3 ways Disney is becoming a more magical, inclusive place to visit and work
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For many, a trip to a Disney park is more than just a chance to ride the teacups or Space Mountain. In addition to being a “happy” place, it’s also become known as a safe and accepting destination well.
Unofficially, for decades, the parks have been host to gatherings of members of the LGBTQ community who proudly show up in red shirts on certain dates to gather and celebrate at the “happiest place on earth.” In 2019, “Magical Pride” even became an official Disney-sanctioned event at Disneyland Paris. And there’s been no shortage of rainbow-colored ears, shirts, hats and more in Disney stores across the U.S., often with new merchandise appearing in time for Pride Month each year.
However, while Disney has been an accepting safe haven in many ways for years, in others, Disney had some work to do.
There wasn’t a Black Disney princess in the Disney films or parks until Princess Tiana made her debut in 2009. Several attractions in the parks have projected characters with unflattering racial stereotypes. And Disney employees, dubbed cast members, who work to create happy memories and experiences for a diverse mix of guests day in and out had a long list of appearance guidelines that were more restrictive than what most employers offered in 2021.
Disney, though, has been putting in the work behind the scenes to become an even more accepting destination for all who visit or work there, and now they have made it official. Joining the four traditional “Disney Keys” of Safety, Courtesy, Show and Efficiency, which are hallmarks of how Disney has approached guest service for over 65 years, is now Inclusion.
Here’s what that means for both guests and those who work creating the magic.
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Some updates and news about updated attractions have been slowly trickling out from Disney over the past few months. One item that made headlines recently is the reimagining of the Splash Mountain water flume whose problematic “Song of the South” origin movie was completely removed from the Disney canon many years ago.
Now, according to Disney, Splash Mountain at Disneyland Park in California and Magic Kingdom Park in Florida will be completely reworked with inspiration coming from the animated Disney film “The Princess and the Frog.” Guests will join Princess Tiana on a “musical adventure” during Mardi Gras.
Another place to look for change in Disney attractions is the updating of “Jungle Cruise” to remove, as NPR described it, negative depictions of indigenous peoples. The new ride will “expand the Jungle Cruise story,” says Disney, with “new adventures that stay true to the experience we know and love — more humor, wildlife and skipper heart – and also reflect and value the diversity of the world around us.”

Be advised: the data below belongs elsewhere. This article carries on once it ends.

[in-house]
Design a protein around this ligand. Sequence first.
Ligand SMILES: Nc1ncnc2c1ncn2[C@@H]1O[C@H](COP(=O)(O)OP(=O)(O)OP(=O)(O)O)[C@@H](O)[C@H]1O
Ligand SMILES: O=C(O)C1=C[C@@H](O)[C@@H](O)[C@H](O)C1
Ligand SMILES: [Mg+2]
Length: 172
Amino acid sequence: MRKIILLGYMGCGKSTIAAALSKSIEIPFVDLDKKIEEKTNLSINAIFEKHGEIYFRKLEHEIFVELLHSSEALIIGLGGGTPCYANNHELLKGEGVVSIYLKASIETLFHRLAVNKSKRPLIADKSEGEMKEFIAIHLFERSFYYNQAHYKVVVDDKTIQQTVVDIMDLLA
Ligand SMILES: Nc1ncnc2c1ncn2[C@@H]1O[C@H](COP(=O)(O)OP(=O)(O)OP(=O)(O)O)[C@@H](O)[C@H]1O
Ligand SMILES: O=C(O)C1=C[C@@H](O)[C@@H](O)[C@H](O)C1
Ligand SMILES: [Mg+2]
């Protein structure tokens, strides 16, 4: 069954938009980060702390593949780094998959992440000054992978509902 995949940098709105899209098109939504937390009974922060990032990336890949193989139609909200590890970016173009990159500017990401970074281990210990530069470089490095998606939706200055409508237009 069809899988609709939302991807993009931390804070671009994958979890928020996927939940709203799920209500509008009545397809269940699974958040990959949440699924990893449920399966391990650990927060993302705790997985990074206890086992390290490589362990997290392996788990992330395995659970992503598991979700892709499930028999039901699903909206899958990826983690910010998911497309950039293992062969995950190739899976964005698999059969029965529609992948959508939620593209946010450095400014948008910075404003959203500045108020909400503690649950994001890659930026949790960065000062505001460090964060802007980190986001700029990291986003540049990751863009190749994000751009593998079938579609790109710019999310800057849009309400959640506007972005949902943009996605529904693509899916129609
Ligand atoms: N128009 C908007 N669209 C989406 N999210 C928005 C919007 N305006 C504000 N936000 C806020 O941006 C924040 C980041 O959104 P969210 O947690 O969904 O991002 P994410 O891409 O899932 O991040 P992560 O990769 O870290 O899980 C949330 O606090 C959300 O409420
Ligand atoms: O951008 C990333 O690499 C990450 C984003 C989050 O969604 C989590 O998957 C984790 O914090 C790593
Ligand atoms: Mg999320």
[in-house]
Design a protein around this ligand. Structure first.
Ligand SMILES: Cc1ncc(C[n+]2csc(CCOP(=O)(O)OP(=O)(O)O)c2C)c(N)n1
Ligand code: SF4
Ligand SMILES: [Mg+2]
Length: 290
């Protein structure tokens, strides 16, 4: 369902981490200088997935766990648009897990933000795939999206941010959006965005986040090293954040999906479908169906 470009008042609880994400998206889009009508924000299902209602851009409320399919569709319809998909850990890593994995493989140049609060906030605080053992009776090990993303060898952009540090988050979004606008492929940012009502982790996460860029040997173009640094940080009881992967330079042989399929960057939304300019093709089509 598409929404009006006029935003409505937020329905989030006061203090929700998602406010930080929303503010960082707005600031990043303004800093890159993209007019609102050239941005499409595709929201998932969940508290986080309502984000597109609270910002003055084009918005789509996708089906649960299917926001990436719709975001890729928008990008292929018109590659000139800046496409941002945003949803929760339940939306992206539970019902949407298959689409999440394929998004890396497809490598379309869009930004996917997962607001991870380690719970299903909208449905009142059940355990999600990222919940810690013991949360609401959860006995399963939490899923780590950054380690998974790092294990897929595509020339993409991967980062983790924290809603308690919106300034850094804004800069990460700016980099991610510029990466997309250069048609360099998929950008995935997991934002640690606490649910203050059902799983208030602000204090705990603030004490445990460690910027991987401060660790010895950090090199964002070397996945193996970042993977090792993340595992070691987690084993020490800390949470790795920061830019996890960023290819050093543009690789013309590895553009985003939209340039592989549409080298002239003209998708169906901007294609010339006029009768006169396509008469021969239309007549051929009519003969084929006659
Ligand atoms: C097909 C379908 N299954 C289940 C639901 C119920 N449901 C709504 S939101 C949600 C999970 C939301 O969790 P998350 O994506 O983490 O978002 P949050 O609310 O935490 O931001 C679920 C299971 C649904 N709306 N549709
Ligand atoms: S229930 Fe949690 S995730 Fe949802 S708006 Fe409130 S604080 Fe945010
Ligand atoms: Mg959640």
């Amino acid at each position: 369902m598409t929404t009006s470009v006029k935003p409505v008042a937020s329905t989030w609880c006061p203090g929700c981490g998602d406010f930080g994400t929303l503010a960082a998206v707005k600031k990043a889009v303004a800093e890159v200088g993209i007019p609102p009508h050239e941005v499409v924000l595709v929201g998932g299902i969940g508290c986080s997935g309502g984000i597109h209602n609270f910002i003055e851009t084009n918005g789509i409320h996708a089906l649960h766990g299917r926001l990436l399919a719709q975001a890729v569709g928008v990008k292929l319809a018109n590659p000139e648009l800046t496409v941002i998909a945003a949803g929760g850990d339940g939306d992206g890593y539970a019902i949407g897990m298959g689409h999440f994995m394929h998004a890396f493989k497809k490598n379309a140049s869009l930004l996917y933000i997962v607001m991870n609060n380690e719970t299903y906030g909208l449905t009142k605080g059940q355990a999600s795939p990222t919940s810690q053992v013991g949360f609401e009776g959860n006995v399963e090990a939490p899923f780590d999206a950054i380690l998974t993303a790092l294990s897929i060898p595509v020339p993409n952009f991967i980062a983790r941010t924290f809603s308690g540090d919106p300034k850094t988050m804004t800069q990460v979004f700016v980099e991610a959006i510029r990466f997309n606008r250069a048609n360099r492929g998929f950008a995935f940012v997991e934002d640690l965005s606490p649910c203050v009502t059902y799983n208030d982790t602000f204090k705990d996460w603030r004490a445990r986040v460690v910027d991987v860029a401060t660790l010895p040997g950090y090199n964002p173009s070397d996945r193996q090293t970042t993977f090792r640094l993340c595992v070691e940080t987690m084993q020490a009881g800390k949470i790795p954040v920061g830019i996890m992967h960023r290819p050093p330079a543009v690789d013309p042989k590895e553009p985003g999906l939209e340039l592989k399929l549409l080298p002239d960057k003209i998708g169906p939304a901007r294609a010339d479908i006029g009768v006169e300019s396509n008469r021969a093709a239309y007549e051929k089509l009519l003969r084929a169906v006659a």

And in new exhibits news, at Epcot, “The Soul of Jazz: An American Adventure,” debuted in February at The American Adventure, taking inspiration from the new “Soul” Disney/Pixar film.
Cast members can express themselves more
New guidelines about personal appearance are also part of the Inclusivity key, and are great news for the Disney cast members who work so hard to create the happy and inclusive environment that makes a trip to Disney so special. According to CNBC, Disney has always had a strict policy for how its parks employees must dress and present themselves while in public, including gender-specific rules for how men and women could wear their hair and style facial hair as well as restricting what types of jewelry could be worn and requiring that tattoos remain covered at all times.
The “Disney Look,” the rulebook that guides the personal appearance of cast members, has now been updated to include gender-inclusive hairstyles and costume choices as well as some tattoos, nail polish, jewelry and more. “We’re updating them to not only remain relevant in today’s workplace but also enable our cast members to better express their cultures and individuality at work,” says Josh D’Amaro, chairman, Disney Parks, experiences and products.
Planning for the future
Now that Disney is making strides to be more inclusive for both guests and cast members, it’s also looking at ways to keep the momentum going into the future. “We’re also looking at ways we can support and uplift our communities through programs like our Disney Dreamers Academy mentorship programs, and we’re including more diverse companies in our supply chain,” says D’Amaro.
He adds “In fact, we’re looking at ways to increase our support for diverse suppliers in a big way – we’ll share more details on this commitment in the future.” We’re looking forward to following Disney as they keep making these forward strides to diversity and inclusivity.
Featured image courtesy of Disney Parks
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